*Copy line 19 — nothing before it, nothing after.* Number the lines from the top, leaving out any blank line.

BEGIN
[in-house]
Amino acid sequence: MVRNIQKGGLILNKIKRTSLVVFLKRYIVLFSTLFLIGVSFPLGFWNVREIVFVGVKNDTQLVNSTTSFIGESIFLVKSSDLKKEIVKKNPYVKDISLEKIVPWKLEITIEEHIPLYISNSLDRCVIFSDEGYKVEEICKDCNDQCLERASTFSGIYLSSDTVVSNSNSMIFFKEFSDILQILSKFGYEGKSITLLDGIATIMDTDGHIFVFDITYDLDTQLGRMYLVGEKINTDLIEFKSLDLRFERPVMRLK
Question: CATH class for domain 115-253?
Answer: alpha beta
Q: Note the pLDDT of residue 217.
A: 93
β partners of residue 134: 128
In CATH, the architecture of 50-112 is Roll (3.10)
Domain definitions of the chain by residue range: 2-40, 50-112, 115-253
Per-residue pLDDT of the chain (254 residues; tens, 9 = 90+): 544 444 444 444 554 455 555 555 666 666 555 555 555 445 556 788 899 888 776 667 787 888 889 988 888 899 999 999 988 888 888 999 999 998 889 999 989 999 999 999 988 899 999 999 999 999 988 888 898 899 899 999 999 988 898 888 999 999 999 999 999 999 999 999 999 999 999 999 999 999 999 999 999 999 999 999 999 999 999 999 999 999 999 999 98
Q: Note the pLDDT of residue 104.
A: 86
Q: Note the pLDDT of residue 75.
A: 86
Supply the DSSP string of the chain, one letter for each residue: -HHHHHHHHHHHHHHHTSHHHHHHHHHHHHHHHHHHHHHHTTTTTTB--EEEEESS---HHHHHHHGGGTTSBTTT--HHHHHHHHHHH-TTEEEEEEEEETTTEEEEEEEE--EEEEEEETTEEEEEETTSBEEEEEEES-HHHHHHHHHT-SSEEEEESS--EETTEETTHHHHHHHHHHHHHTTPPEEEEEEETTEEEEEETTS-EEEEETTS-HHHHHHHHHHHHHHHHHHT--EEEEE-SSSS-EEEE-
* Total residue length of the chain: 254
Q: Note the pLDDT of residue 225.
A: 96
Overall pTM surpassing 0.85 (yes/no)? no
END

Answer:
Overall pTM surpassing 0.85 (yes/no)? no